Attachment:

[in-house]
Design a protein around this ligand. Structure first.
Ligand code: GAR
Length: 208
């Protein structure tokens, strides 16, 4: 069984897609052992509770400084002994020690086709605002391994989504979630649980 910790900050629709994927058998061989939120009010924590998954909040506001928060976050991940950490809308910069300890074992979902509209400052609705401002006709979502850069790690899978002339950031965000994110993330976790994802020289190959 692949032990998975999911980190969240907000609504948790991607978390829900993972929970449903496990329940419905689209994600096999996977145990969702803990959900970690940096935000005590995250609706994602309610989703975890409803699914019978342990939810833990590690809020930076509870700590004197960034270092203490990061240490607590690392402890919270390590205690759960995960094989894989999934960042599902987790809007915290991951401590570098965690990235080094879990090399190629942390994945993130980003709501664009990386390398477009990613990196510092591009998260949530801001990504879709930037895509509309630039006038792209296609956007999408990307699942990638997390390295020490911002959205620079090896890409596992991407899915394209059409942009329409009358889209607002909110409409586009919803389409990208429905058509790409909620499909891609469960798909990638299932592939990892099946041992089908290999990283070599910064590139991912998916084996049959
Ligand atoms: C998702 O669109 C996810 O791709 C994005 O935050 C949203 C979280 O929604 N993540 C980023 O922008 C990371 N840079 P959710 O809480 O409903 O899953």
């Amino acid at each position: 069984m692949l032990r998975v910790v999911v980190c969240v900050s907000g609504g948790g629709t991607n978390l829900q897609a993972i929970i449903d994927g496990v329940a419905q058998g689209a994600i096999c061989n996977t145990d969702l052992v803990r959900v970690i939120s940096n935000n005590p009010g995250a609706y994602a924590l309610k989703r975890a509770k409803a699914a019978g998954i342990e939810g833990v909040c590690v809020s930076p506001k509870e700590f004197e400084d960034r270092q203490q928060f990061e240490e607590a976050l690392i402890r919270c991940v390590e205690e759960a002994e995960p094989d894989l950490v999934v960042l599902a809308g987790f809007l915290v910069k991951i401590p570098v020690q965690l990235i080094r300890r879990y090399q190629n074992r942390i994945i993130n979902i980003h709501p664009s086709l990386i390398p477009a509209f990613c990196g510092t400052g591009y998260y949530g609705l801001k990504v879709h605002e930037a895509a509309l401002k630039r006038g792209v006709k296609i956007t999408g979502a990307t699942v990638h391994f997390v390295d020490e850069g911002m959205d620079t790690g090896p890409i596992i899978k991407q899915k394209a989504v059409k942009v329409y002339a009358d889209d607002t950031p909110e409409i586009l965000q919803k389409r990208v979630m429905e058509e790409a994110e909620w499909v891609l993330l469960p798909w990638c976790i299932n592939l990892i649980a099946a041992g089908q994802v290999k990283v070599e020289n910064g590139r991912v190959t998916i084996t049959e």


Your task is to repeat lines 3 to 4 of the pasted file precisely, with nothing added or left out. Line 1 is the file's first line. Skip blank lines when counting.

Ligand code: GAR
Length: 208